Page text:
Read the full article by Sierra Clark and Sheri McWhirter (Record Eagle)

“GRAWN — Sharon Edgington said she has lived in some pretty ‘crummy’ places.

That’s why she, a Grand Traverse Band of Ottawa and Chippewa Indians citizen, decided to buy a nice house in Grawn, for her late mother, Helen Antoine, so she could live out her days in peace.

The house’s water didn’t seem to have any issues, ran from the tap clear, and never tasted or smelled peculiar. She said they felt it was safe because it was from a well and routed through a good filtration process.

But Edginton, 69, eventually wondered whether her water may have been affected by a fire that broke out at a scrap tire facility in Grawn in the mid-1990s which firefighters battled in part with the use of chemical-laden foam. So when the opportunity arose to screen her water for PFAS chemicals for free, she took it.

Water testing

The nonprofit Institute for Journalism and Natural Resources awarded a 2020 Environmental Justice Reporting Award and grant funds for a proposed Traverse City Record-Eagle project: test drinking water from private wells in Indigenous households to screen for PFAS substances, considered emerging contaminants by state and federal environmental regulators.

There are thousands of PFAS chemicals, the acronym for per- and polyfluoroalkyl substances, widely used for decades in manufacturing and for commercial purposes. The artificial compounds made Teflon non-stick, raincoats waterproof and firefighting foam ideal to extinguish liquid fuel fires.

Through long-running and widespread use, PFAS substances made their way into the environment and only in recent years have been realized as pollutants. When consumed, PFAS are known to bio-accumulate in human bodies and lead to certain cancers, hormonal disruptions, fertility problems and other effects on the immune system, according to the U.S. Environmental Protection Agency.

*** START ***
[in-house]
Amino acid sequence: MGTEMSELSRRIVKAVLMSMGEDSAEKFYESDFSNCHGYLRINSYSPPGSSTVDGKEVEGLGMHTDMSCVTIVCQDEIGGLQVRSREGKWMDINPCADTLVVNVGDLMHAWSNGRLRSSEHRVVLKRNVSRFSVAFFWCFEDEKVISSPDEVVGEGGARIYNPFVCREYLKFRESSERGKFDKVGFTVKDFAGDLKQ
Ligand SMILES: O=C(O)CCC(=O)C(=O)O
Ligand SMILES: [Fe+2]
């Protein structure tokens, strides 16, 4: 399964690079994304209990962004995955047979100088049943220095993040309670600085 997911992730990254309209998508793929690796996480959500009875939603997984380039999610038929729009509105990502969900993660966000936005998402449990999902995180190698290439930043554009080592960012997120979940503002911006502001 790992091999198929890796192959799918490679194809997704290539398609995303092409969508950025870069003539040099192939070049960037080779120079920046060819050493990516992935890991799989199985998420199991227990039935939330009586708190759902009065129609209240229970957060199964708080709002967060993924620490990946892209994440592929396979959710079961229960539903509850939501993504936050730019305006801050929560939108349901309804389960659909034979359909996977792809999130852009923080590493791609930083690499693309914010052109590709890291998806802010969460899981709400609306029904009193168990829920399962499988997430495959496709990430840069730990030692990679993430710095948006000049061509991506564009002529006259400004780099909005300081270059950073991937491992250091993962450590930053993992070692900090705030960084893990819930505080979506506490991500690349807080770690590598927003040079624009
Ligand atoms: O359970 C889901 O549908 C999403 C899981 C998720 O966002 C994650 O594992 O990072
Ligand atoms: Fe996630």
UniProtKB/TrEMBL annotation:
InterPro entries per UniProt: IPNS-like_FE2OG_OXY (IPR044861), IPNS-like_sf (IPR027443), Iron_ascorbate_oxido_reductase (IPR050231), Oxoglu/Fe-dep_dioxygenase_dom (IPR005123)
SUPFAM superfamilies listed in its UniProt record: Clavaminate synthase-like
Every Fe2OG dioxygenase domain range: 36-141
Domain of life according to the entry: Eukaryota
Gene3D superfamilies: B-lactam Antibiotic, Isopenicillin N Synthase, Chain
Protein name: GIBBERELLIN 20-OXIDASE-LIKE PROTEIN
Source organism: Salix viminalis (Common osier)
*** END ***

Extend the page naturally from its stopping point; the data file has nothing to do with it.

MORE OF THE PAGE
The Record-Eagle began its first round of screenings in June, followed by secondary analysis at a certified laboratory in October. Final results showed trace levels of PFAS chemicals in drinking water at three of the eight homes involved in the project.

Pace Analytical Services, considered among the top PFAS testing laboratories in the U.S., reported water screenings from two homes sampled in Grand Traverse County returned positive results for PFAS, along with one home in Manistee County.

The levels detected in samples taken from those three homes were trace — low enough that not all laboratory equipment can accurately measure them. The only PFAS level found above 1 part per trillion — equivalent to a grain of sand in an Olympic-sized swimming pool — came from a home in the Interlochen area.

Dale Chandler, tribal member with the Little River Band of Odawa Indians, and his partner Dane Morse, lived in the Duck Lake and Green Lake community for more than 20 years.

The couple wondered about getting their water tested for PFAS because of the history of DDT used around the lakes in the 1950s and ‘60s, plus living in close proximity to an old dumping site. They wanted to make sure their water was safe, so they opted to participate in the testing project.

After the first round of results, Chandler said he called the state’s PFAS hotline but it was not a helpful experience. He was told to have his tribe perform another test, he said.

‘I was disappointed that the state was trying to pass it on to my tribe to do (a) second test,’ Chandler said, arguing that should be the state’s responsibility.

While Chandler and Morse waited for the second round of testing in the Record-Eagle project, they started to buy bottled water out of fear they were consuming contaminated water.

Chandler said not only did the state not offer any guidance, the local health department didn’t offer much support either, which caused a bit of a panic in his neighborhood.

Eventually three neighbors opted to get their well water tested for PFAS, all of which Chandler said came back negative.

But now he and his partner are more confused with unanswered questions to the state, but feel reassured with their neighbor’s negative results as an indication that theirs, too, must be safe…”